The tidal oscillation of your Korean left us swimming in the aftermath of your push and pull. One morning we would wake to the smell of japchae and find pieces of paper scribbled with tiny Korean characters tucked into our notebooks. The whole family would parade dressed in traditional silken Hanboks, still stiff and creased from boxes. During one of these cultural outbursts you sent me to Korean Immersion camp in Minnesota. During another you went to Korea for nine months, leaving me and my brother Owen to subsist on microwaved Indian food that dad made. Our house still holds artifacts of these inundations: a box of Hanboks, folded and packed away, bowls of stale sweet potato noodles, Korean picture books tucked among English ones.
Sometimes when I come home from school break and we are the only two in the house, I will curl in bed next to you and cry and cry as you tell me these stories. This is me trying to catch and hold this strange family history; the story of how we came to be.
Post-WWII, thousands of children were sent from Japan to the U.S. Post-Vietnam war, many refugee children were sent to white American homes. As U.S.-sanctioned state violence rose in the Central American countries of Guatemala and El Salvador, orphaned children, usually from indigenous families, were brought to the U.S. Not to mention histories of violence and coercion within the United States with the infamous efforts of the Bureau of Indian Affairs during the fifties to put displaced Native American children in homes of white families as a mode of cultural destruction.
In high school my orchestra-stand partner was a fierce, trenchcoat-wearing lesbian adopted from China. We lost all our music and never practiced, so we fake-played from the back of the second violins. I think we considered ourselves fraudulent Asians. There was a certain shame disguised in our humor as we doodled boobs on our music instead of listening. From her, I learned the words Twinkie and whitewashed, I used them to explain myself. The Twinkie™ and all its creamy, cakey, golden goodness needs no introduction. Twinkie—yellow on the outside, white on the inside, an Asian person that acts so white it warrants an explanation.
Long after the war had ended, Korean adoption continued. The infrastructure put in place to expand post-war democratic relations between South Korea and receiving countries is called by some an economic market specializing in the “export of babies.”
This seems strange, feels strange to write. Adoption is political, it is economic. It is also extremely personal. Let’s not forget these are people we are talking about—they are too easily abstracted into figures, abstracted into historical moments. This is me, lying next to you in your bed, wiping my snot on the pillow, trying to make sense of these incongruous histories.
There have been more than 200,000 South Koreans adopted abroad since the end of the Korean War in 1953.
You left for nine months, and came back with a suitcase full of stone bowls,
You told me later about how you did strange things while you were there,
You rode the subways for hours, talking to no one.
You said that they looked at you funny, how funny to see someone that looked like them,
But when you spoke it was all wrong, they asked what was wrong with you
You said you were adopted.
In her paper “The Origins of Korean Adoption: Cold War Geopolitics and Intimate Diplomacy,” Elena Kim marks the travel through space of an adoptee’s return to their country of birth as a “journey back through time, a temporalization of space,” postulating that “Traveling such a temporal path entails multi-directional movements, not simply from present to past or future, but sometimes from one present to another.” You—a multidimensional time traveler—I imagine you swinging somewhere between here and there, caught in the space-time continuum, between the past that was and that present that could have been. The plane that you came here on suspended somewhere over the Pacific Ocean. In one possible future, I was never born. We talk over Skype in our living room across the many hour time difference an ocean away. You are blurry, your movements lag.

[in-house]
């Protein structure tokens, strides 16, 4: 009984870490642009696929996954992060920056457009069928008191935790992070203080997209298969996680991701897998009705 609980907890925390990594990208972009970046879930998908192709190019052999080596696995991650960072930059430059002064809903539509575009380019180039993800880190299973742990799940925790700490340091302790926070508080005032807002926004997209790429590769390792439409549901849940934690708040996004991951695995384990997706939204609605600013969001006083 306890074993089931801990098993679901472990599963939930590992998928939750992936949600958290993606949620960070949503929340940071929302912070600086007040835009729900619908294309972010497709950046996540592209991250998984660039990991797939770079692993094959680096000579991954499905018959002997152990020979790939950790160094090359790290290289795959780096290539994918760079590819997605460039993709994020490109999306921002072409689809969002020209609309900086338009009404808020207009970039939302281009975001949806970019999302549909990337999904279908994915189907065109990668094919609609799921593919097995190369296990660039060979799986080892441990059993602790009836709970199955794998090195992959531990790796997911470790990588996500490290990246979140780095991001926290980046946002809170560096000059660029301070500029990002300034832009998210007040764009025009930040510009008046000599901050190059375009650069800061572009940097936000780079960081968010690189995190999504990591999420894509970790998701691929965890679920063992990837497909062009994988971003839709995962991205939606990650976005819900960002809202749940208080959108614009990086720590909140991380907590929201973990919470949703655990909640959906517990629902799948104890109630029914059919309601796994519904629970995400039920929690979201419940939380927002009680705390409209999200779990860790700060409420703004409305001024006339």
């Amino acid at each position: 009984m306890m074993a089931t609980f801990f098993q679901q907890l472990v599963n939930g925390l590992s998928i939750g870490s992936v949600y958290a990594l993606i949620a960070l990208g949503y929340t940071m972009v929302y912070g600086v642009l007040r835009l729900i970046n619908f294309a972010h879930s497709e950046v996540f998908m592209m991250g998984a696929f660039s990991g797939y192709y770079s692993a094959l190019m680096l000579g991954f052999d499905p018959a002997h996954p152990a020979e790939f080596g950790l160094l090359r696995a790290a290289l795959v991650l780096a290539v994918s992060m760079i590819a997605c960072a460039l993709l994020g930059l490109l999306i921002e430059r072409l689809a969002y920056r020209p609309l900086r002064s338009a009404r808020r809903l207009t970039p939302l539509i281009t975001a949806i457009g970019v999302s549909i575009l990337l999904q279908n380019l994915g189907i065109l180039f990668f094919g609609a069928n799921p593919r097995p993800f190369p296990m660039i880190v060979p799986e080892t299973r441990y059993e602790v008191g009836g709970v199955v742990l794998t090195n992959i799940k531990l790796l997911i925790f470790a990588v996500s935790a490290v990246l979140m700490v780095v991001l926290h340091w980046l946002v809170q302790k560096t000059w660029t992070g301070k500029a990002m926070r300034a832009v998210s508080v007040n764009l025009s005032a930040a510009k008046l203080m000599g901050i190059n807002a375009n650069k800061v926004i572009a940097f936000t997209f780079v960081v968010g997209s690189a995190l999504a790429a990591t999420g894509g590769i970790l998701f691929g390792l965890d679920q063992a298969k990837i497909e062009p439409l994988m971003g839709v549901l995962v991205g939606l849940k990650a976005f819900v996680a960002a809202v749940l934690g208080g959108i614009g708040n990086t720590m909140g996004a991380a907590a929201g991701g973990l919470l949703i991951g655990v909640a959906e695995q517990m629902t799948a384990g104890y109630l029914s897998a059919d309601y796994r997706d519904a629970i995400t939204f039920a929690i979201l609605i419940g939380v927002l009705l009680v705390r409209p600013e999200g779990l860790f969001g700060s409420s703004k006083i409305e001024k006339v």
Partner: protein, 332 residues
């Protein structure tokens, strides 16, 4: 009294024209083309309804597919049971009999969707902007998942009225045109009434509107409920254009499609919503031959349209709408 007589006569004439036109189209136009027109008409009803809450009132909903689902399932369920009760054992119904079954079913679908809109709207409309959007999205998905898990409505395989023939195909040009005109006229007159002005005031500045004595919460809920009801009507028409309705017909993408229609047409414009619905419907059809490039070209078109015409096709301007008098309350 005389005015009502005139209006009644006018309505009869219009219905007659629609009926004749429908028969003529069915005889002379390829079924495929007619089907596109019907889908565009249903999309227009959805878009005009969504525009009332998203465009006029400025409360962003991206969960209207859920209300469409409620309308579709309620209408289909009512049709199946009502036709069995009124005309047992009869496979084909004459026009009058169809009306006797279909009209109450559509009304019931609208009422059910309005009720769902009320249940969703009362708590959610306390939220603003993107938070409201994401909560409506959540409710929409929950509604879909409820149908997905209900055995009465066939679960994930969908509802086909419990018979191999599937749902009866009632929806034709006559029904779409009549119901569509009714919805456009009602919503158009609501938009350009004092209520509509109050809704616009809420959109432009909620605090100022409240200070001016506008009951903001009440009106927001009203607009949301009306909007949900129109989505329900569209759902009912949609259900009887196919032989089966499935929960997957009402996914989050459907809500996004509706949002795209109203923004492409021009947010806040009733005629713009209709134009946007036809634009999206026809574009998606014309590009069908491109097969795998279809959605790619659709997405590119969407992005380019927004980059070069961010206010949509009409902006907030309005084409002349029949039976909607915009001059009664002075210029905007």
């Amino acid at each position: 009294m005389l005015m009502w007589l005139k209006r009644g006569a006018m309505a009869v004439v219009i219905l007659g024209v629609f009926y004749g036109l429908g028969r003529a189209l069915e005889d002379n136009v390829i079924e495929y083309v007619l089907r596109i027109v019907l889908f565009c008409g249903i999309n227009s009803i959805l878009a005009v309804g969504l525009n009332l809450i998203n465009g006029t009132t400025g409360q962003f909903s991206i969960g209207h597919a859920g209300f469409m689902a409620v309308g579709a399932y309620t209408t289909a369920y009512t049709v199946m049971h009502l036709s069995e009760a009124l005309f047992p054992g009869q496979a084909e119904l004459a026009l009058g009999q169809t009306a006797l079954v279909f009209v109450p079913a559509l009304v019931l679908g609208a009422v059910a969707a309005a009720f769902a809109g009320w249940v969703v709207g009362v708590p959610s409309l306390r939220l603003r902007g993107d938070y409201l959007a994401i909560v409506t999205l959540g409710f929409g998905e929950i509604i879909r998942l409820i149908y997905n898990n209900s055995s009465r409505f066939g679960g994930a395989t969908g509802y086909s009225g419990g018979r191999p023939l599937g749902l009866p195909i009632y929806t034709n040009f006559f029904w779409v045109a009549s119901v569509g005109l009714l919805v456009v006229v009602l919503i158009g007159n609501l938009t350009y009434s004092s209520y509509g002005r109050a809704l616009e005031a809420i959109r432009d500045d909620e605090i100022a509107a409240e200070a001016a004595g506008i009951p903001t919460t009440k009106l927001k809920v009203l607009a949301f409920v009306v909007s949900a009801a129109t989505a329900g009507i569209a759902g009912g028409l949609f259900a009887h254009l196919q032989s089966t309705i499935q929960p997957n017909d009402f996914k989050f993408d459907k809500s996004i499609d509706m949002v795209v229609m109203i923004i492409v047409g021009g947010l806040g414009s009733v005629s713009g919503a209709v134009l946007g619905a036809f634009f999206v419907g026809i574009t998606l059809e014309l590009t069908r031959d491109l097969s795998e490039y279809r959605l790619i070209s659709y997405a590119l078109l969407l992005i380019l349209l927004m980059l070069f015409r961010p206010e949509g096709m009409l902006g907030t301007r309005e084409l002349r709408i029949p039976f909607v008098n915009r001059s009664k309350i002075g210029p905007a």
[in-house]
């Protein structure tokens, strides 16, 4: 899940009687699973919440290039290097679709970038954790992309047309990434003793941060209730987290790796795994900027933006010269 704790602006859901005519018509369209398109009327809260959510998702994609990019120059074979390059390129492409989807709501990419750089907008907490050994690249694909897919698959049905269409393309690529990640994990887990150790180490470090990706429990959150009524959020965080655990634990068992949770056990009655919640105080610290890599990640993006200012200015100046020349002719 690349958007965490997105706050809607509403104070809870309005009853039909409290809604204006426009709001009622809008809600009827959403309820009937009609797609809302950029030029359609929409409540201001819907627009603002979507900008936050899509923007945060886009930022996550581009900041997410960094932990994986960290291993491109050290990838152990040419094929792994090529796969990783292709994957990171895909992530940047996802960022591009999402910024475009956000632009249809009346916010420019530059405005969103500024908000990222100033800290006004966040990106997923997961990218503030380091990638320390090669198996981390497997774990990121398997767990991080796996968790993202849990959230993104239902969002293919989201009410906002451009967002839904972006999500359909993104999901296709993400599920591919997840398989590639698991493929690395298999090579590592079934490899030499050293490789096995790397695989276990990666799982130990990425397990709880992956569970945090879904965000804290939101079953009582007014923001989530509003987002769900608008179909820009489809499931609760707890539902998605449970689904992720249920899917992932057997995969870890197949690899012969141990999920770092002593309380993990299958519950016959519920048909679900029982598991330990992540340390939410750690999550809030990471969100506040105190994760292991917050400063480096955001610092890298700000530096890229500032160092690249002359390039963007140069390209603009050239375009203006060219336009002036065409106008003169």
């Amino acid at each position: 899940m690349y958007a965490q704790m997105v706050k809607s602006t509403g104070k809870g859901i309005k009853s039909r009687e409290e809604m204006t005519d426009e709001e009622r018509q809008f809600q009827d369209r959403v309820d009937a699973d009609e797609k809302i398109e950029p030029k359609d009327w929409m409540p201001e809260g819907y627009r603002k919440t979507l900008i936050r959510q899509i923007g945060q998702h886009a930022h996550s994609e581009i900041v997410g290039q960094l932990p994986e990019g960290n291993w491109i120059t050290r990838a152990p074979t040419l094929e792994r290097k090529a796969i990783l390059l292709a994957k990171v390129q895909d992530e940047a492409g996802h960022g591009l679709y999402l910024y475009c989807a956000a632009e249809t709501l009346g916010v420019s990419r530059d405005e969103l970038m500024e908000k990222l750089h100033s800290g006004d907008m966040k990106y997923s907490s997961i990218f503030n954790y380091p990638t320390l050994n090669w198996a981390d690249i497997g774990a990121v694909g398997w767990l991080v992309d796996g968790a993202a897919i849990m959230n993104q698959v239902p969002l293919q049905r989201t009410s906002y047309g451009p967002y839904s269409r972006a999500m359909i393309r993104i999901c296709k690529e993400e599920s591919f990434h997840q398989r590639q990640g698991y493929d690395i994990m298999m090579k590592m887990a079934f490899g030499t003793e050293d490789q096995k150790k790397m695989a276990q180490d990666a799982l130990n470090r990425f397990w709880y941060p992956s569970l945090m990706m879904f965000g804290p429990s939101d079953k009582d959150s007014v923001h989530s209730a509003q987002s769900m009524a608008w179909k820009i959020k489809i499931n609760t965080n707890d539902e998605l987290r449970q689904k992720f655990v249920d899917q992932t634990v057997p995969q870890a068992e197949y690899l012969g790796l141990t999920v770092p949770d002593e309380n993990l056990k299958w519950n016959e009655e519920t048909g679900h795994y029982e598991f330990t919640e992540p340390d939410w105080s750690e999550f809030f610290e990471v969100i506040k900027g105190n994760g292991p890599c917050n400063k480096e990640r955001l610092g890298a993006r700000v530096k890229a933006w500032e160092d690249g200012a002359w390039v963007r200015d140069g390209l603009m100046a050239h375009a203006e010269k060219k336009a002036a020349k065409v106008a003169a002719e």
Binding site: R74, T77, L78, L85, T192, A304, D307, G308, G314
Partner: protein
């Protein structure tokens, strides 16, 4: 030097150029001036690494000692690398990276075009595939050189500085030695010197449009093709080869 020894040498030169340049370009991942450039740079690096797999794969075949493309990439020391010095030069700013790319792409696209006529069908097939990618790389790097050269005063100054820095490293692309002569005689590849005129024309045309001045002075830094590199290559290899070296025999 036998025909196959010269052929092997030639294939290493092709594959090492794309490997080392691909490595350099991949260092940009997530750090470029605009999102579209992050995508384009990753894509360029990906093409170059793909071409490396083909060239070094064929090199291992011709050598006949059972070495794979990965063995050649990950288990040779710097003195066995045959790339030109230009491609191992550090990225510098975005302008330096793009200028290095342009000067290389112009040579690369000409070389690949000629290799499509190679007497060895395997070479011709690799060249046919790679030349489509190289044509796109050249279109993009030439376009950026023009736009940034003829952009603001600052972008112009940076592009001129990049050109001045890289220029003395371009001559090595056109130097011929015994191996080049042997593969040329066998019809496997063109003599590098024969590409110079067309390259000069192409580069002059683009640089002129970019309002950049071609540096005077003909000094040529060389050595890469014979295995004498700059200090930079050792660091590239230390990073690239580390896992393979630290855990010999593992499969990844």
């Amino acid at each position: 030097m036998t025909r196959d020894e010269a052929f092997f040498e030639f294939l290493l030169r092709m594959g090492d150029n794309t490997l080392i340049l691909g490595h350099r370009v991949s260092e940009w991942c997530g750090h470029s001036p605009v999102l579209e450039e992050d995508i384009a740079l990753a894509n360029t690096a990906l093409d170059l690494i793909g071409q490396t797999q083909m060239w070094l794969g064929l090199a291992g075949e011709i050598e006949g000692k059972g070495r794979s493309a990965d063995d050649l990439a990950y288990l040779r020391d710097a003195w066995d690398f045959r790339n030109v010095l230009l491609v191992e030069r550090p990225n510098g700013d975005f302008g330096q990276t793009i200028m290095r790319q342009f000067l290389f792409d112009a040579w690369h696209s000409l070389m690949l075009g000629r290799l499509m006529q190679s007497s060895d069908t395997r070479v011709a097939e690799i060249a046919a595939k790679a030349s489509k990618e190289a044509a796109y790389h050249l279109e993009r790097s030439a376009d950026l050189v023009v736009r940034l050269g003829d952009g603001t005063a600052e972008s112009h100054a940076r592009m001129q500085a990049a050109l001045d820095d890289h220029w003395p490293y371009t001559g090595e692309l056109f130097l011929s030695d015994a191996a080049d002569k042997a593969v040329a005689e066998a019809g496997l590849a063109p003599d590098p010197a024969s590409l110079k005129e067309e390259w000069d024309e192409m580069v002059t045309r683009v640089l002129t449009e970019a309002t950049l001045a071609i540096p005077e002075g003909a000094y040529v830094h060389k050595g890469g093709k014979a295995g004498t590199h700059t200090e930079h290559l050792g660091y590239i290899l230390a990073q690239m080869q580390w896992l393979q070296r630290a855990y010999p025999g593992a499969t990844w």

I wrote you to ask you about this; to ask you about many things that I have never fully known. You responded by Word document sent through email.
I had this feeling that if I could just become Korean enough to“pass” as a real Korean, I could go back, be accepted back, or at least feel that I was choosing to leave Korea on my own terms. It was not something I was even aware of, but deep down, I felt anger, deep shame and sadness, which made my relationship to the country and to my Korean friends very complicated. Studying the language was difficult, if not impossible. I could never get any traction. I would get very good at it, then stop for so long I would have to start up again as a beginner.
When I was in Korea, I felt like someone else. I was a nomad. I refused to have a cell phone. I took no pictures. I kept to myself. I would leave odd little care packages around, with clothing and other essential items wrapped in bags. On doorsteps. Near park benches. At bus stops. No idea why. I felt homeless. Or I was caring for the homeless. It felt like a communication to the entire country.
The area in Maine where you grew up was almost completely white, besides you and Mina, your adopted sister. This superimposed white identity has become part of our personal history. This whiteness created by an erasure created me, created a void every time I try and trace back the lines of my descent in my head and instead just hit the wall of my skull. Every time I am racialized.